Folding dynamics of phenylalanine hydroxylase depends on the enzyme’s metallation state: the native metal, iron, protects against aggregate intermediates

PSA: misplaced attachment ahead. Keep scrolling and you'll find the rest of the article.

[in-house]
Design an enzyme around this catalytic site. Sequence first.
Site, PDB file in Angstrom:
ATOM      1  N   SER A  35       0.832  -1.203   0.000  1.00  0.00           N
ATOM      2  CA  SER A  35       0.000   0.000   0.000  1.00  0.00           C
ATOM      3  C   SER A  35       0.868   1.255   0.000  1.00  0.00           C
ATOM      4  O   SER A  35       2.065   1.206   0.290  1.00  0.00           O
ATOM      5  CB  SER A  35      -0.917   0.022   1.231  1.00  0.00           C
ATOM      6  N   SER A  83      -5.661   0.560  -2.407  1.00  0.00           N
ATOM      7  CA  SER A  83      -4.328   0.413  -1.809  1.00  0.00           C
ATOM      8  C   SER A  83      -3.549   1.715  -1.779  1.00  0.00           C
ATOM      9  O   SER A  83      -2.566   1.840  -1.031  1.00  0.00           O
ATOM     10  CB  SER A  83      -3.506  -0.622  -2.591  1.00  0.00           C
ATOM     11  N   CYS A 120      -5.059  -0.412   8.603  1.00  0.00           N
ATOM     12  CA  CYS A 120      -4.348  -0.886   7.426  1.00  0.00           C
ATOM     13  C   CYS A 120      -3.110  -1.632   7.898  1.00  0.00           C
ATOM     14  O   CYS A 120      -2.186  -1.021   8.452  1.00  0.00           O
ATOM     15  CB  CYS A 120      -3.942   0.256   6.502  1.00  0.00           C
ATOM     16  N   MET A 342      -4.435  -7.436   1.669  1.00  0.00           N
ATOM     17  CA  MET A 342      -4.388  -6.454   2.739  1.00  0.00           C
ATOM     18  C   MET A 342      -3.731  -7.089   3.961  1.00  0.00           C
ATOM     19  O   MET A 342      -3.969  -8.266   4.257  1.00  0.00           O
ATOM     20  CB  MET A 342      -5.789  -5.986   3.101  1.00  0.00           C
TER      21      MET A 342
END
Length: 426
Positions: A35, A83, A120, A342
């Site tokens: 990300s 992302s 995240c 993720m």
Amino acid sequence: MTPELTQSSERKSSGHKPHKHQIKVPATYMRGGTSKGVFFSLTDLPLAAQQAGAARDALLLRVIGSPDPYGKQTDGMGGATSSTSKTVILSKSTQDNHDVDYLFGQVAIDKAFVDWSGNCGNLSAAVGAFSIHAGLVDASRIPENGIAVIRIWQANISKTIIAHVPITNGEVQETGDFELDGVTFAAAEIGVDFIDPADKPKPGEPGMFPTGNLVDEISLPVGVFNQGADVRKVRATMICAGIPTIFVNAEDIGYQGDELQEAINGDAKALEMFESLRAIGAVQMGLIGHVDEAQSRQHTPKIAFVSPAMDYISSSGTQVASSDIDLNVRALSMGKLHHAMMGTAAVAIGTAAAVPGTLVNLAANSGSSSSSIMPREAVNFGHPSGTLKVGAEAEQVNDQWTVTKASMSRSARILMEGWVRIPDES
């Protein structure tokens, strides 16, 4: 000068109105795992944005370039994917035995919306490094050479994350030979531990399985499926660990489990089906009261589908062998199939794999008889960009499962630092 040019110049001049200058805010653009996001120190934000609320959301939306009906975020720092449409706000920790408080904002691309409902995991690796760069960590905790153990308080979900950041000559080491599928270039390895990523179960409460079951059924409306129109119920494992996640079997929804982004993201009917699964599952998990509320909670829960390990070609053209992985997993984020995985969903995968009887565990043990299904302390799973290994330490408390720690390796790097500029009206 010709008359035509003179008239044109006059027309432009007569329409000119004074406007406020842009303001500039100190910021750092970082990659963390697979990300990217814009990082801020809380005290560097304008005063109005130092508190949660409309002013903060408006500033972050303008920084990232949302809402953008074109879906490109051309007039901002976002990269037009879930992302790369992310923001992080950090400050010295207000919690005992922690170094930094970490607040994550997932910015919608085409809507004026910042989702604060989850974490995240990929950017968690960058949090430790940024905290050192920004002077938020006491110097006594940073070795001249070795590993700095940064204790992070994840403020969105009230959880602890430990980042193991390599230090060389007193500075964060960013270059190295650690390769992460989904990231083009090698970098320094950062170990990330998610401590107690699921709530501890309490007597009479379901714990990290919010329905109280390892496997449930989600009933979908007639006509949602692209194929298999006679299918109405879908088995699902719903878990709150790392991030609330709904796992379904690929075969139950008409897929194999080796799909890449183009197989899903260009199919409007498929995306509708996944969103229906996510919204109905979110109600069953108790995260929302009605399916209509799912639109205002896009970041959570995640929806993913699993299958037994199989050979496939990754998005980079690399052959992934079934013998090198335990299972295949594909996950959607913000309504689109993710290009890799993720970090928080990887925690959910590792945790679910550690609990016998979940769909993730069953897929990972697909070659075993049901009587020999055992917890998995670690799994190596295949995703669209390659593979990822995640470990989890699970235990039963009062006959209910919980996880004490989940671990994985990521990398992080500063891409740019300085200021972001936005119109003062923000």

When analyzed in the context of the phenylalanine hydroxylase (PAH) three-dimensional structure, only a minority of the PKU mutations described world-wide affect catalytic residues. Consistent with these observations, recent data point to defective folding and subsequent aggregation/degradation as a predominant disease mechanism for several mutations. In this work, we use a combined approach of expression in eukaryotic cells at different temperatures and a prokaryotic system with co-expression of chaperonins to elucidate and confirm structural consequences for 18 PKU mutations. Three mutations are located in the amino terminal regulatory domain and 15 in the catalytic domain. Four mutations were found to abolish the specific activity in all conditions. Two are catalytic mutations (Y277D and E280K) and two are severe structural defects (IVS10-11G>A and L311P). All the remaining mutations (D59Y, I65T, E76G, P122Q, R158Q, G218V, R243Q, P244L, R252W, R261Q, A309V, R408Q, R408W, and Y414C) are folding defects causing reduced stability and accelerated degradation, although some of them probably affect residues involved in regulation. In these cases, we have demonstrated that the amount of mutant PAH protein and residual activity could be modulated by in vitro experimental conditions, and therefore the observed in vivo metabolic variation may be explained by interindividual variation in the quality control systems. The results derived provide an experimental framework to define the mutation severity relating genotype to phenotype. They also explain the observed inconsistencies for some mutations in patients with similar genotype and different phenotypes.